Actually, here is a real flaw in my character; it is easier for me to tolerate the slight, common, sorts of intolerance and abuse we see in our daily lives than it is for me to tolerate someone trying to explain and justify those actions. I find it easier to swallow the concept that people are just acting on "instinct" (learned through their upbringing and activated through circumstance) when they behave abominably than to accept that they are truly lacking the mental facilities to see they are wrong (were they to try to assess their actions). I much prefer, "I don't give a shit if it's wrong or not, I don't like ****", to, "we are justified in our dislike of **** because of...", when the latter statement couldn't hold water in a flood.

            Since we seem to be spending a lot of time off topic, here is a link for a recent article in the Huffington Post http://www.huffingtonpost.com/grace-...b_9540230.html
            Last edited by Happyman; 26-03-16, 22:22.

            Comment


            • Listen up, you pig sloppers! Just kidding, but I really got a kick out of that one, Mr. B

              Happy, I really relate to a lot of what you've said here. I left the Christian faith for many of the same reasons it sounds like you did, though it was at a young age and I had yet to fully develop into Bible thumper status. Also, I can relate to your "intolerance of intolerance," and I similarly have low patience for people who claim they can justify or intellectually argue their bigotry and fail to do so. Your initial statement was harshly worded, but it pretty much completely expressed my sentiments as well.

              Here's a video that left me with goosebumps because this minister is so dead on: https://www.youtube.com/watch?v=GYg4xLkRMio
              It's not in reference to the anti-LGBT movement here in Indonesia, but for those who don't know, there is something similar going on right now in the US with regard to public restroom access, and it's sparking much of the same irrational fear and hatred that we're seeing in Indonesia. "Do you see the irony here? We ignore those things that are considered archaic. However, something we don't understand we demonize and consider worthy of subjecting people to hate and discrimination."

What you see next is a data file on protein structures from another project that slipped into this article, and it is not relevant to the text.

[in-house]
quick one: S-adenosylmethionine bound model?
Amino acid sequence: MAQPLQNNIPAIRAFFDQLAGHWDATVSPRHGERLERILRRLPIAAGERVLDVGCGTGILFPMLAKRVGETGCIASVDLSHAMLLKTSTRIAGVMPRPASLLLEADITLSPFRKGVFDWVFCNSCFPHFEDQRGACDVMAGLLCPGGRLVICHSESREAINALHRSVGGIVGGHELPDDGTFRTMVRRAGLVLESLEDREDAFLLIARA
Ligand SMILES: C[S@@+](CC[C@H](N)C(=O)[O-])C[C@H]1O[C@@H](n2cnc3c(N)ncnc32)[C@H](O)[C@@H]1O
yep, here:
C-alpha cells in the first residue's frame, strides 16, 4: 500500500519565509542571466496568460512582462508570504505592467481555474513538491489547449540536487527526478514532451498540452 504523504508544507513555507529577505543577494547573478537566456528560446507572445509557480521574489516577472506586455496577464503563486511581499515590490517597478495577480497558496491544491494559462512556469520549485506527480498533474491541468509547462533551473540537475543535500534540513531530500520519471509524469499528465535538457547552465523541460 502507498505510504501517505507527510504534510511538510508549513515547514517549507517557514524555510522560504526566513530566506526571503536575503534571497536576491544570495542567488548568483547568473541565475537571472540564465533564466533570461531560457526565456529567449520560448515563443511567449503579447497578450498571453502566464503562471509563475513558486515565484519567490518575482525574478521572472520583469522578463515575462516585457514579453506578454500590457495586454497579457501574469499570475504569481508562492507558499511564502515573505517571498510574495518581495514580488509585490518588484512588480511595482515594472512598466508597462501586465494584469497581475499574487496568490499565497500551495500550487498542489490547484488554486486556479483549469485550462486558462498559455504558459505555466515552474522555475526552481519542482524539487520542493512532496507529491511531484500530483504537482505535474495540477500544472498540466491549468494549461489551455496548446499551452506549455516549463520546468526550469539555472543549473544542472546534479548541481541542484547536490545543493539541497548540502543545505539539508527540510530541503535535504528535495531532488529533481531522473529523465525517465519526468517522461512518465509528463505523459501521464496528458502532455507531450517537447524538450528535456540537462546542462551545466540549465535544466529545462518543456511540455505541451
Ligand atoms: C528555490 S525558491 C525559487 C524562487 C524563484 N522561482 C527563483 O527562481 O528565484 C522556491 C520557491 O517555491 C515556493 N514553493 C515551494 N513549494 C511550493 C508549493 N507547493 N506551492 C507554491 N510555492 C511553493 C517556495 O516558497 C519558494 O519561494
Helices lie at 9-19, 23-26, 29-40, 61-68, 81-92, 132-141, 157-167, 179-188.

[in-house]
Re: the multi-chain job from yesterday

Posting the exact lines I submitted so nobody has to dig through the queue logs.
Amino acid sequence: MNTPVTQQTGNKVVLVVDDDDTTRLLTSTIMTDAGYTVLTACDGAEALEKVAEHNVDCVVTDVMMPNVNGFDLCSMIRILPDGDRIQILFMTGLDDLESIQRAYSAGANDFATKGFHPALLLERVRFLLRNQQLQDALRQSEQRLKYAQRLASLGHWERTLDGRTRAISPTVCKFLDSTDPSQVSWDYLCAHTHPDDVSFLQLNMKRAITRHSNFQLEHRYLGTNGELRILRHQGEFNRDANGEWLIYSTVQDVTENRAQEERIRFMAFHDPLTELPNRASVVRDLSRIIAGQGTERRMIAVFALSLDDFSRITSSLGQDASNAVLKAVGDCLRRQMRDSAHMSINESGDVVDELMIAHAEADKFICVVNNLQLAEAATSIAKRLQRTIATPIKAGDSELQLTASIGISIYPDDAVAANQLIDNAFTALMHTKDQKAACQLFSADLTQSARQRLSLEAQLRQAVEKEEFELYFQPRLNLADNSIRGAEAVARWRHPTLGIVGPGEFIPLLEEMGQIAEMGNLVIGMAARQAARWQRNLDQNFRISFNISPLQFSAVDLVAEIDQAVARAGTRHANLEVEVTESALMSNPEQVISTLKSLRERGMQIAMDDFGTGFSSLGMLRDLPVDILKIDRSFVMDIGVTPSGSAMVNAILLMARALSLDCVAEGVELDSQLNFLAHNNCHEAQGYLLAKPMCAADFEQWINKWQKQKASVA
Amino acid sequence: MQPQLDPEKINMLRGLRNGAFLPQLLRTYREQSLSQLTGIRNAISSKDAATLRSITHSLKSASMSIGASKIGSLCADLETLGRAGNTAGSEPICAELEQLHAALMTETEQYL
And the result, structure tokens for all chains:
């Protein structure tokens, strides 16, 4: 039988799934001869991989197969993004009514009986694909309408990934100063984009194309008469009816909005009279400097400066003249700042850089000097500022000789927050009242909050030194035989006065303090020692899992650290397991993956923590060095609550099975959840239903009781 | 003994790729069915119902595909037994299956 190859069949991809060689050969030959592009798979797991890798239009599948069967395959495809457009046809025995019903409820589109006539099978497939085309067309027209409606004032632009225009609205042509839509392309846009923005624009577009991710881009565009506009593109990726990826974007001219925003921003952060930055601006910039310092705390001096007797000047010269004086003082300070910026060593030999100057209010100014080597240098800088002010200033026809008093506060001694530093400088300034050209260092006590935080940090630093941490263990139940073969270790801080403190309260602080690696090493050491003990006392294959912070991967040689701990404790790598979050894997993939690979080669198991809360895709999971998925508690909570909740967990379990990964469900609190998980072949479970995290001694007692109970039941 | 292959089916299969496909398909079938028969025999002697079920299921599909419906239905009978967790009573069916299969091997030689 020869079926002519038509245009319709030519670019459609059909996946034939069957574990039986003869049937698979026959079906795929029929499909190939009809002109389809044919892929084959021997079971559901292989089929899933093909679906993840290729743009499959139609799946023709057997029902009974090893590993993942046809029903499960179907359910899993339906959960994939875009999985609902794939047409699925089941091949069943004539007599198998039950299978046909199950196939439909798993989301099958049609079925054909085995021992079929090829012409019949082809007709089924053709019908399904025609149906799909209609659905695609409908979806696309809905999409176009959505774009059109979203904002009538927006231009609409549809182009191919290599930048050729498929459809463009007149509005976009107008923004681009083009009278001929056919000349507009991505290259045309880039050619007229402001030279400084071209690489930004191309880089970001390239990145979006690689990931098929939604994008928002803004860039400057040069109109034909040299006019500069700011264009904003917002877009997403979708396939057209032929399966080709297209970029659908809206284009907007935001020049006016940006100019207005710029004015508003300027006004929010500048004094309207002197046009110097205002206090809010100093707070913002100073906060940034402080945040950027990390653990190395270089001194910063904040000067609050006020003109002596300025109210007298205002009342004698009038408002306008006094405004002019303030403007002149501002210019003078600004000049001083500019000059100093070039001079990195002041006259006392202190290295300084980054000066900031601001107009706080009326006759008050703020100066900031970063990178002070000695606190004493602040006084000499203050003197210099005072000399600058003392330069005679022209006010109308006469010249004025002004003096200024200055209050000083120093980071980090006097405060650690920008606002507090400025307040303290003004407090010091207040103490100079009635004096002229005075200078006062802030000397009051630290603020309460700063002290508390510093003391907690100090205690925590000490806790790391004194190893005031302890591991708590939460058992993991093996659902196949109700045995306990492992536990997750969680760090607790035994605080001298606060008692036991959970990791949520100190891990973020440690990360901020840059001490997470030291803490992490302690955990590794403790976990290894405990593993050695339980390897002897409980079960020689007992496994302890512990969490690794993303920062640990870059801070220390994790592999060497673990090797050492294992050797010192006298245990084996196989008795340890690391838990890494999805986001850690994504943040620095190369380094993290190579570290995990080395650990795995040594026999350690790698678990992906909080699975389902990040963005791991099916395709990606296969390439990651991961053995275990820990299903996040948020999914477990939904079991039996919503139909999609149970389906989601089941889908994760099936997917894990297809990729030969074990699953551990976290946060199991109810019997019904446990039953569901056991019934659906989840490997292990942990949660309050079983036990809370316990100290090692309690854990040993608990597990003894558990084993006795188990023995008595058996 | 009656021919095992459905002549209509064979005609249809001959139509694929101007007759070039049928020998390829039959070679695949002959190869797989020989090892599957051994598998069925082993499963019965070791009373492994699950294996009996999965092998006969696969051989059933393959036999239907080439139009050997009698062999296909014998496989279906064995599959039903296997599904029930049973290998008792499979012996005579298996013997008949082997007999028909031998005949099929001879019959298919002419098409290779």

It really blows my mind when Indonesian people think that the US is "free" or safe for LGBT people and that they are universally accepted by the public. It's still quite the opposite in most of the US, even in those bigger cities that are more accepting (key word: more). In my city, Seattle, which we tend to think of as very LGBT-friendly, there has been a recurring trend in just the past couple years of people being attacked on the street because of their LGBT status.

              This is an ongoing fight for human rights, and no change has ever come without struggle or conflict between brave activists and the general public. "That might work in the US, but here in Indonesia, demanding rights will never work," you say? I'm sure it's much more comfortable for many people who are not affected by the current status quo if those people who ARE affected would just stay silent. By this logic, any discriminated group should just shut the **** up and take the (figurative and sometimes literal) beating. I find that viewpoint disgusting and shameful.
              Last edited by jason206; 28-03-16, 01:35.

              Comment


              • Originally posted by jason206 View Post